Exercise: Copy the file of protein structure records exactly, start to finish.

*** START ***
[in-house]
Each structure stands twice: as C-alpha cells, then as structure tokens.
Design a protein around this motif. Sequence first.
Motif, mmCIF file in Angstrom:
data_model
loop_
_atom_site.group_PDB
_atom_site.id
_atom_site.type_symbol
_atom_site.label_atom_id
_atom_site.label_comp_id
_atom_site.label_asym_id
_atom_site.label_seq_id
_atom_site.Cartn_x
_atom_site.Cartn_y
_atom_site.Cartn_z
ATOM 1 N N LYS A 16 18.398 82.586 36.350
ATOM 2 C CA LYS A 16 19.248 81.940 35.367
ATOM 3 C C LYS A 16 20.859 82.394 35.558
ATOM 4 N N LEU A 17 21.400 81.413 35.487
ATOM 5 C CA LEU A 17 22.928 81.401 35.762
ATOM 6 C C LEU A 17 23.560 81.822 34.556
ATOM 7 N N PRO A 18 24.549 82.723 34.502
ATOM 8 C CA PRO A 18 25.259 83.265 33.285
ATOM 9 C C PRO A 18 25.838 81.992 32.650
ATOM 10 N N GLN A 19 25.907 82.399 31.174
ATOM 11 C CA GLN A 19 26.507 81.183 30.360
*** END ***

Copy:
[in-house]
Each structure stands twice: as C-alpha cells, then as structure tokens.
Design a protein around this motif. Sequence first.
Motif, mmCIF file in Angstrom:
data_model
loop_
_atom_site.group_PDB
_atom_site.id
_atom_site.type_symbol
_atom_site.label_atom_id
_atom_site.label_comp_id
_atom_site.label_asym_id
_atom_site.label_seq_id
_atom_site.Cartn_x
_atom_site.Cartn_y
_atom_site.Cartn_z
ATOM 1 N N LYS A 16 18.398 82.586 36.350
ATOM 2 C CA LYS A 16 19.248 81.940 35.367
ATOM 3 C C LYS A 16 20.859 82.394 35.558
ATOM 4 N N LEU A 17 21.400 81.413 35.487
ATOM 5 C CA LEU A 17 22.928 81.401 35.762
ATOM 6 C C LEU A 17 23.560 81.822 34.556
ATOM 7 N N PRO A 18 24.549 82.723 34.502
ATOM 8 C CA PRO A 18 25.259 83.265 33.285
ATOM 9 C C PRO A 18 25.838 81.992 32.650
ATOM 10 N N GLN A 19 25.907 82.399 31.174
ATOM 11 C CA GLN A 19 26.507 81.183 30.360